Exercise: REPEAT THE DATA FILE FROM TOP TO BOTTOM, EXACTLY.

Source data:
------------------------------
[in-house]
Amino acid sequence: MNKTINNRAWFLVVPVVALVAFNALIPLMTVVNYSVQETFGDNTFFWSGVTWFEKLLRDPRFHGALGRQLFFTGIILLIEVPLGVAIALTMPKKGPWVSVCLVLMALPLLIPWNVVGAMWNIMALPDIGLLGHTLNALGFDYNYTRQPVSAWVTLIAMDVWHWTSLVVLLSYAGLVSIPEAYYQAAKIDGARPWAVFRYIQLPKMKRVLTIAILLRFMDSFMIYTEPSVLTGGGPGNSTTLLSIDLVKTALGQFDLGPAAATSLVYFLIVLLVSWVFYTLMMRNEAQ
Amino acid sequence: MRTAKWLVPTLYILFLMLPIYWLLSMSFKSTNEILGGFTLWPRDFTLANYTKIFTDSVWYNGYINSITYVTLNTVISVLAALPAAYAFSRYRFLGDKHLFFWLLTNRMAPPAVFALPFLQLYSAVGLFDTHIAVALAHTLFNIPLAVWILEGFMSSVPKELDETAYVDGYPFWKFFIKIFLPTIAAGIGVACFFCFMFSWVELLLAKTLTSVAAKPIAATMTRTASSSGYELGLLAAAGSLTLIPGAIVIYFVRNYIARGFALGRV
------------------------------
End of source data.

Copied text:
[in-house]
Amino acid sequence: MNKTINNRAWFLVVPVVALVAFNALIPLMTVVNYSVQETFGDNTFFWSGVTWFEKLLRDPRFHGALGRQLFFTGIILLIEVPLGVAIALTMPKKGPWVSVCLVLMALPLLIPWNVVGAMWNIMALPDIGLLGHTLNALGFDYNYTRQPVSAWVTLIAMDVWHWTSLVVLLSYAGLVSIPEAYYQAAKIDGARPWAVFRYIQLPKMKRVLTIAILLRFMDSFMIYTEPSVLTGGGPGNSTTLLSIDLVKTALGQFDLGPAAATSLVYFLIVLLVSWVFYTLMMRNEAQ
Amino acid sequence: MRTAKWLVPTLYILFLMLPIYWLLSMSFKSTNEILGGFTLWPRDFTLANYTKIFTDSVWYNGYINSITYVTLNTVISVLAALPAAYAFSRYRFLGDKHLFFWLLTNRMAPPAVFALPFLQLYSAVGLFDTHIAVALAHTLFNIPLAVWILEGFMSSVPKELDETAYVDGYPFWKFFIKIFLPTIAAGIGVACFFCFMFSWVELLLAKTLTSVAAKPIAATMTRTASSSGYELGLLAAAGSLTLIPGAIVIYFVRNYIARGFALGRV